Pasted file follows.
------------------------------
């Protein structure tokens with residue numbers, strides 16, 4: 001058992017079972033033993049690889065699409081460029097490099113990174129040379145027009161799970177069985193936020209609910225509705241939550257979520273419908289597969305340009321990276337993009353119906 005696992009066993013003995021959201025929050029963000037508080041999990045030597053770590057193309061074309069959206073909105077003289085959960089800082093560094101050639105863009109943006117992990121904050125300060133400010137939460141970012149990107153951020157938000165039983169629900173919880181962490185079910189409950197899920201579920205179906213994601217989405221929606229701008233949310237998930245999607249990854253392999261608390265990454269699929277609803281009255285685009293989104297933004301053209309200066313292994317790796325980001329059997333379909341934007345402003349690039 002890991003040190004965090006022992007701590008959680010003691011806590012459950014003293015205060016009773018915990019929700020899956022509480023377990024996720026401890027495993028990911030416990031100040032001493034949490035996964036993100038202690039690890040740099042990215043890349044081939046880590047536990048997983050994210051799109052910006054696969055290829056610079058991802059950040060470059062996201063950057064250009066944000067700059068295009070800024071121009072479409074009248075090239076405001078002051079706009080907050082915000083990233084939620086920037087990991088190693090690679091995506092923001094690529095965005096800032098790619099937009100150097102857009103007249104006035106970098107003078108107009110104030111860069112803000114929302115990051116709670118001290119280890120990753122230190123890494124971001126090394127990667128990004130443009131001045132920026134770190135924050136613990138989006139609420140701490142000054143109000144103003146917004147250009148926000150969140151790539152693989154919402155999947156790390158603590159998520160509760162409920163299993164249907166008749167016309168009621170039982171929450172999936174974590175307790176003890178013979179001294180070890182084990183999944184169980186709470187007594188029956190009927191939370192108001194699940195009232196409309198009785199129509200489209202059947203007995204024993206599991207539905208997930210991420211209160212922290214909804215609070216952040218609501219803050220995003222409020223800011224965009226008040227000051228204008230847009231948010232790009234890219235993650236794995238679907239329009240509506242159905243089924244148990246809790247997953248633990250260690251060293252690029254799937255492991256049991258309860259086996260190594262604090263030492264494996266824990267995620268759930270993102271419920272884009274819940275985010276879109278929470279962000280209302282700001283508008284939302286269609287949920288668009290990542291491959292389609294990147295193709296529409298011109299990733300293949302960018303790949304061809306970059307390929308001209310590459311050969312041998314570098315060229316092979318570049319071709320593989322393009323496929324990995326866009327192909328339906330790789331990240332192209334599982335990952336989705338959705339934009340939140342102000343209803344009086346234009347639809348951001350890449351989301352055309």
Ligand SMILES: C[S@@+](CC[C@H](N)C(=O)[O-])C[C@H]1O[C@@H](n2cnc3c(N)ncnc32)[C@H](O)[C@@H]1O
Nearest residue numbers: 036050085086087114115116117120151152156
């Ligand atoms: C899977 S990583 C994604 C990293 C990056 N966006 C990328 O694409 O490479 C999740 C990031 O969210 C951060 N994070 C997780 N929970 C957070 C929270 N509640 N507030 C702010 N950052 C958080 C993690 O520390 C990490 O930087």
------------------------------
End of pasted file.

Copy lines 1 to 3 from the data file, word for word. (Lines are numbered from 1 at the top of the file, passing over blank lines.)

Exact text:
């Protein structure tokens with residue numbers, strides 16, 4: 001058992017079972033033993049690889065699409081460029097490099113990174129040379145027009161799970177069985193936020209609910225509705241939550257979520273419908289597969305340009321990276337993009353119906 005696992009066993013003995021959201025929050029963000037508080041999990045030597053770590057193309061074309069959206073909105077003289085959960089800082093560094101050639105863009109943006117992990121904050125300060133400010137939460141970012149990107153951020157938000165039983169629900173919880181962490185079910189409950197899920201579920205179906213994601217989405221929606229701008233949310237998930245999607249990854253392999261608390265990454269699929277609803281009255285685009293989104297933004301053209309200066313292994317790796325980001329059997333379909341934007345402003349690039 002890991003040190004965090006022992007701590008959680010003691011806590012459950014003293015205060016009773018915990019929700020899956022509480023377990024996720026401890027495993028990911030416990031100040032001493034949490035996964036993100038202690039690890040740099042990215043890349044081939046880590047536990048997983050994210051799109052910006054696969055290829056610079058991802059950040060470059062996201063950057064250009066944000067700059068295009070800024071121009072479409074009248075090239076405001078002051079706009080907050082915000083990233084939620086920037087990991088190693090690679091995506092923001094690529095965005096800032098790619099937009100150097102857009103007249104006035106970098107003078108107009110104030111860069112803000114929302115990051116709670118001290119280890120990753122230190123890494124971001126090394127990667128990004130443009131001045132920026134770190135924050136613990138989006139609420140701490142000054143109000144103003146917004147250009148926000150969140151790539152693989154919402155999947156790390158603590159998520160509760162409920163299993164249907166008749167016309168009621170039982171929450172999936174974590175307790176003890178013979179001294180070890182084990183999944184169980186709470187007594188029956190009927191939370192108001194699940195009232196409309198009785199129509200489209202059947203007995204024993206599991207539905208997930210991420211209160212922290214909804215609070216952040218609501219803050220995003222409020223800011224965009226008040227000051228204008230847009231948010232790009234890219235993650236794995238679907239329009240509506242159905243089924244148990246809790247997953248633990250260690251060293252690029254799937255492991256049991258309860259086996260190594262604090263030492264494996266824990267995620268759930270993102271419920272884009274819940275985010276879109278929470279962000280209302282700001283508008284939302286269609287949920288668009290990542291491959292389609294990147295193709296529409298011109299990733300293949302960018303790949304061809306970059307390929308001209310590459311050969312041998314570098315060229316092979318570049319071709320593989322393009323496929324990995326866009327192909328339906330790789331990240332192209334599982335990952336989705338959705339934009340939140342102000343209803344009086346234009347639809348951001350890449351989301352055309």
Ligand SMILES: C[S@@+](CC[C@H](N)C(=O)[O-])C[C@H]1O[C@@H](n2cnc3c(N)ncnc32)[C@H](O)[C@@H]1O
Nearest residue numbers: 036050085086087114115116117120151152156